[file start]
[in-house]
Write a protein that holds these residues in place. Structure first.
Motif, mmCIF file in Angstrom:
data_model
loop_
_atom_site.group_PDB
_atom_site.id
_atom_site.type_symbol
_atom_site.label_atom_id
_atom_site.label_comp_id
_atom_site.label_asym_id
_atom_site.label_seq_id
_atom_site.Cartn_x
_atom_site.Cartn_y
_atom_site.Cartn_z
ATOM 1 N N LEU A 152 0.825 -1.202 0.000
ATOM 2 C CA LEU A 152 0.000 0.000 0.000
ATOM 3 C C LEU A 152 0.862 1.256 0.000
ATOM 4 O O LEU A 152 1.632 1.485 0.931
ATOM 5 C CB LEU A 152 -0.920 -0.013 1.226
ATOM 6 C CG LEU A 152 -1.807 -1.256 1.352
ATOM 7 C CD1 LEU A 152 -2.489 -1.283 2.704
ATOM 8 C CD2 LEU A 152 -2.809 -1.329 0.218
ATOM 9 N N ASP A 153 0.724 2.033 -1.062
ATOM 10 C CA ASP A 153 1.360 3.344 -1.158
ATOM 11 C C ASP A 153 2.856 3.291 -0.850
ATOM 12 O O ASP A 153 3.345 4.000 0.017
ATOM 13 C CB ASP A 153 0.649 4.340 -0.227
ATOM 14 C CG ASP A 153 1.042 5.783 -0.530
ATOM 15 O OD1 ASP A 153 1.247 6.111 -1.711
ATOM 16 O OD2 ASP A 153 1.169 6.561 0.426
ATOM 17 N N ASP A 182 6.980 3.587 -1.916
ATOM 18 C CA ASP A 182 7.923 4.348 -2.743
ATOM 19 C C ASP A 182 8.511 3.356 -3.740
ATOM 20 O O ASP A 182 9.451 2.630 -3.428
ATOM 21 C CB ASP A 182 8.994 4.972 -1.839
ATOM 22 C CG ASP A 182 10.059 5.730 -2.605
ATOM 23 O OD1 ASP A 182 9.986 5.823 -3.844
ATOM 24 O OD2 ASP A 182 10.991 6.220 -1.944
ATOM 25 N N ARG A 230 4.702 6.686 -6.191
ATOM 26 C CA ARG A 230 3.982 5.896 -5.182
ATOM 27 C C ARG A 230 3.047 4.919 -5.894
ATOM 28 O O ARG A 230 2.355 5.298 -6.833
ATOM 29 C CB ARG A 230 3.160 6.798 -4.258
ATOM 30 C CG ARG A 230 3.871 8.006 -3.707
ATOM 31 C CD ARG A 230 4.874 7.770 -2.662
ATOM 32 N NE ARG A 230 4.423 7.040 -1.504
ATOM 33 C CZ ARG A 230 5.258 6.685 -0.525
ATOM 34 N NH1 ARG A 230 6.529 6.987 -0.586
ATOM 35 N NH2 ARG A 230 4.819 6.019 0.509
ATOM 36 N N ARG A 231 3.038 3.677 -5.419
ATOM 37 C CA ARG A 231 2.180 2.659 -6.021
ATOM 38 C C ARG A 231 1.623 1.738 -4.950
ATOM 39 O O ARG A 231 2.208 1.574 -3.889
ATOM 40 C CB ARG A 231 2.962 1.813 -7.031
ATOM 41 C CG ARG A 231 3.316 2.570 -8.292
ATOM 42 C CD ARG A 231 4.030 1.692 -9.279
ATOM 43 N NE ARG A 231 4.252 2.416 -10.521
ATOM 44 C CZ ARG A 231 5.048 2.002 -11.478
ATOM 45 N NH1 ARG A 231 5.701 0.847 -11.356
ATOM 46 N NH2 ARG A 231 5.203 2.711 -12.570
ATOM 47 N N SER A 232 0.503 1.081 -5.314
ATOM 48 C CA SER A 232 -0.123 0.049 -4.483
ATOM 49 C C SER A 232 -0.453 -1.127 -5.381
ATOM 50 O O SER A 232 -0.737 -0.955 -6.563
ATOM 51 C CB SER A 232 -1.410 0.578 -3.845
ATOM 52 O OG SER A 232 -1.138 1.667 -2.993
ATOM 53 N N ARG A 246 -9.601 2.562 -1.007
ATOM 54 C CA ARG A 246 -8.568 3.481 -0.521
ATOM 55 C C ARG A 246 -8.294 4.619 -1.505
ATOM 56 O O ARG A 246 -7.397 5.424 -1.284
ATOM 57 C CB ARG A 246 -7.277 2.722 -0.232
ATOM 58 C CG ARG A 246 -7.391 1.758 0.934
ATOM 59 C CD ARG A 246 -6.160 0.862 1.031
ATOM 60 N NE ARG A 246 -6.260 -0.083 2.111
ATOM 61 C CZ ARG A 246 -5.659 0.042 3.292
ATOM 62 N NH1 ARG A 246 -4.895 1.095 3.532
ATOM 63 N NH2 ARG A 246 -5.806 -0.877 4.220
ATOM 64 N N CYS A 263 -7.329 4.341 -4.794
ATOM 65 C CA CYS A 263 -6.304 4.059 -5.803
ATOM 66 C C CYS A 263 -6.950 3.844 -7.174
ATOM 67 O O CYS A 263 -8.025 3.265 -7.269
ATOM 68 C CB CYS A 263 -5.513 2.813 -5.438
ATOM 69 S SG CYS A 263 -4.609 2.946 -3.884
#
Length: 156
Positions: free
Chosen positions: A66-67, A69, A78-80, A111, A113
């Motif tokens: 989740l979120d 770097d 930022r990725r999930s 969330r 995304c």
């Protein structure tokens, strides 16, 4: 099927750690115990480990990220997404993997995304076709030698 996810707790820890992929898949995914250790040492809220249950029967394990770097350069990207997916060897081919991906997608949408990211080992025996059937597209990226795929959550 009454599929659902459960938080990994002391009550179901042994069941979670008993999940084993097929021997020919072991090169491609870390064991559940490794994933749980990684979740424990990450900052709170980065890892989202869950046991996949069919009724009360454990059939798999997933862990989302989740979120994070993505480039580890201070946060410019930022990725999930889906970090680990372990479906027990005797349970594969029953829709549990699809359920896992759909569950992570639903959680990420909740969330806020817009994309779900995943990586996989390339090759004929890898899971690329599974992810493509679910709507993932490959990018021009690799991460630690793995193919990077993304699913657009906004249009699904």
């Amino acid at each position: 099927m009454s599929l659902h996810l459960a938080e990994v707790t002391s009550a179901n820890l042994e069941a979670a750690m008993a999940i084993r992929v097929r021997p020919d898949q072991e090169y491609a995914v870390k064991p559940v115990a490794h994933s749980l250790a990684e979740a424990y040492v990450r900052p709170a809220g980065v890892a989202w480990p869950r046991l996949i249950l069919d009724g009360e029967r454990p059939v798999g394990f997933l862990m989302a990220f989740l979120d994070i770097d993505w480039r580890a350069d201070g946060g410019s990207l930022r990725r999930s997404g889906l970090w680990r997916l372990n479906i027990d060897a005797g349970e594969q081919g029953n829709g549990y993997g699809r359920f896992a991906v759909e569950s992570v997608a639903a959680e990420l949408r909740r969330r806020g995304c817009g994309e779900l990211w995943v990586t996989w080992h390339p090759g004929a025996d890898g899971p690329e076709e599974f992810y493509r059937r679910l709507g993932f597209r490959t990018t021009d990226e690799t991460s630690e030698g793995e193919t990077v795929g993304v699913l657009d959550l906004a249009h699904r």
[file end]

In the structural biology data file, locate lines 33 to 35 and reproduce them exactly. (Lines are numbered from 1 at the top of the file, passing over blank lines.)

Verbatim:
ATOM 18 C CA ASP A 182 7.923 4.348 -2.743
ATOM 19 C C ASP A 182 8.511 3.356 -3.740
ATOM 20 O O ASP A 182 9.451 2.630 -3.428